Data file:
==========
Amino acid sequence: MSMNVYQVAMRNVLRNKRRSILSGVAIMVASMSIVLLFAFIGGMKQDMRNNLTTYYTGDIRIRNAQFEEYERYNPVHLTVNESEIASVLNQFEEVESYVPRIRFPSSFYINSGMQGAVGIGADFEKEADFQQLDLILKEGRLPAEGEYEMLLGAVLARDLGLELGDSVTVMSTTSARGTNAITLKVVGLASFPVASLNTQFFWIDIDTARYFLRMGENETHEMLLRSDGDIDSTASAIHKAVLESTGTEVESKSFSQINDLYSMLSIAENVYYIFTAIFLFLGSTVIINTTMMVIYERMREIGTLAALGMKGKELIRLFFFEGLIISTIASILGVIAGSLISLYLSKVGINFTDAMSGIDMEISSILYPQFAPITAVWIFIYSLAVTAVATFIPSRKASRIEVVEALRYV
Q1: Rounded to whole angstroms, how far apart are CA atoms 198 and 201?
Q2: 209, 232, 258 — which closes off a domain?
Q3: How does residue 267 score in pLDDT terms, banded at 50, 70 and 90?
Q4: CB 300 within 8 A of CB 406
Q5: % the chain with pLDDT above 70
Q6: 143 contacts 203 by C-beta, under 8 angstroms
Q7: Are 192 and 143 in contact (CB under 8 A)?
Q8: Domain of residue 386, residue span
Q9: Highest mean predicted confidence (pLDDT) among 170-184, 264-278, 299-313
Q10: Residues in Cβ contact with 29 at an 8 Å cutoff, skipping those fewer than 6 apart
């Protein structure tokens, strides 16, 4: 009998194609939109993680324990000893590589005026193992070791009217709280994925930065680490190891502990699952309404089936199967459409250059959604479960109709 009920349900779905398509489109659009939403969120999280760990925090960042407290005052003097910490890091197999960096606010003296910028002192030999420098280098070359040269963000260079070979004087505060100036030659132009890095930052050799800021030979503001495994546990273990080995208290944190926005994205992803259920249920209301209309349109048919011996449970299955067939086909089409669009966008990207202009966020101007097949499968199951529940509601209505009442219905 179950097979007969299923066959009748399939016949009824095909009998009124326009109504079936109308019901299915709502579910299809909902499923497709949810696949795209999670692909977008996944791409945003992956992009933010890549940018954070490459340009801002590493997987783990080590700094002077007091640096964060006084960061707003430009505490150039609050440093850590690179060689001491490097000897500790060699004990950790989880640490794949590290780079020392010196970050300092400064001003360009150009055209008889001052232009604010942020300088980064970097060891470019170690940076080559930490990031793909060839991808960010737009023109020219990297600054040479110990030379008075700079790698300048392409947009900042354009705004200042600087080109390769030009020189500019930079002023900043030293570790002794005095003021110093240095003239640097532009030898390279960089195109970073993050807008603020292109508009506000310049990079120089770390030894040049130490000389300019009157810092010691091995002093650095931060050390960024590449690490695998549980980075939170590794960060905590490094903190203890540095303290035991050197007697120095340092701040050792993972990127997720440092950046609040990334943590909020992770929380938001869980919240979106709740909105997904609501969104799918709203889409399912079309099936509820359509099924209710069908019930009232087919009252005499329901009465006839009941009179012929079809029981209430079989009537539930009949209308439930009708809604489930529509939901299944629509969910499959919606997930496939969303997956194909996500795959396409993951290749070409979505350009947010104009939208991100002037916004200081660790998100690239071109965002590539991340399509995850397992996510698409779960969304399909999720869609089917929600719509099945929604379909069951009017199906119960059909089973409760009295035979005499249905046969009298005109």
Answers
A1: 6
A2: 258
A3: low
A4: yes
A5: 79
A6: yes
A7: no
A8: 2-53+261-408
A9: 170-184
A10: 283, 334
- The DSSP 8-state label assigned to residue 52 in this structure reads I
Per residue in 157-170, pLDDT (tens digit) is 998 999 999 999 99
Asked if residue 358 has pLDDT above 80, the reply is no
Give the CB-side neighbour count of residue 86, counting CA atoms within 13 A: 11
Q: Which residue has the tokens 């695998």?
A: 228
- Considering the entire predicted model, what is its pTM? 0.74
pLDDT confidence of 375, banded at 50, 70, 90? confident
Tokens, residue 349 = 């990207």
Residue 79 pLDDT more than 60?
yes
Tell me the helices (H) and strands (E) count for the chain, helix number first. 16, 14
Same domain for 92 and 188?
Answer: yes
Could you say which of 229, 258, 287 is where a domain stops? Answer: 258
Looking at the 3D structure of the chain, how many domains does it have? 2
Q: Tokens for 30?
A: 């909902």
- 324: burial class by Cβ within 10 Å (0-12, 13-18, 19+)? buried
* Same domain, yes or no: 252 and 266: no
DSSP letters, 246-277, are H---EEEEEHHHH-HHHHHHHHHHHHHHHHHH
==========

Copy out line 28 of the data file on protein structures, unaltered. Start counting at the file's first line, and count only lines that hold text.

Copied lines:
Q: Which residue has the tokens 């695998």?